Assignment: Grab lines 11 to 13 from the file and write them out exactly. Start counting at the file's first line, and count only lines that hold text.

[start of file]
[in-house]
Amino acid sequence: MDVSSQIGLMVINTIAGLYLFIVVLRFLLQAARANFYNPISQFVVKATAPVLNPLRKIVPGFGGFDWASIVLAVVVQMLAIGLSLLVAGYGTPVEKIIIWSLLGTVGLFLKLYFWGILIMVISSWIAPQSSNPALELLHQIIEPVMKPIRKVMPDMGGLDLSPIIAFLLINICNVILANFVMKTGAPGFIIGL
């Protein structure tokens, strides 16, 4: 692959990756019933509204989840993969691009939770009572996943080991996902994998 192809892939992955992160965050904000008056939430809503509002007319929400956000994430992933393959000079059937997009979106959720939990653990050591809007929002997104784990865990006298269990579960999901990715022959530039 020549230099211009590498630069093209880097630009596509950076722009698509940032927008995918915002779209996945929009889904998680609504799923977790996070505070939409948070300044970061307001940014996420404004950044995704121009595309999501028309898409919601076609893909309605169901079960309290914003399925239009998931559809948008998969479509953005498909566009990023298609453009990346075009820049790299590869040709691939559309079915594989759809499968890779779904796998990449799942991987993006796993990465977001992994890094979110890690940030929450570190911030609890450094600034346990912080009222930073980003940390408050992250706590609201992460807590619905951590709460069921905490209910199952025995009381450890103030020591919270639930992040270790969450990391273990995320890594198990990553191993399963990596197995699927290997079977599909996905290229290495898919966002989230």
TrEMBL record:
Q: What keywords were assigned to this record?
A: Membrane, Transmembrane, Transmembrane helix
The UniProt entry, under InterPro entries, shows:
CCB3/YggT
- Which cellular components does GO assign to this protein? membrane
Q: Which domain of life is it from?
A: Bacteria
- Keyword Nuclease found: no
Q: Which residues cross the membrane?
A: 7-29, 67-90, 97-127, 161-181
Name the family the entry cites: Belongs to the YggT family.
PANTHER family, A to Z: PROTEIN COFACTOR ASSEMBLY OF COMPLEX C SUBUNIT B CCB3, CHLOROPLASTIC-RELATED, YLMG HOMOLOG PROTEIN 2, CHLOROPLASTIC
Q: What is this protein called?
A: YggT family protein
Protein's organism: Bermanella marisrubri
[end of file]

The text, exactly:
A: Bacteria
- Keyword Nuclease found: no
Q: Which residues cross the membrane?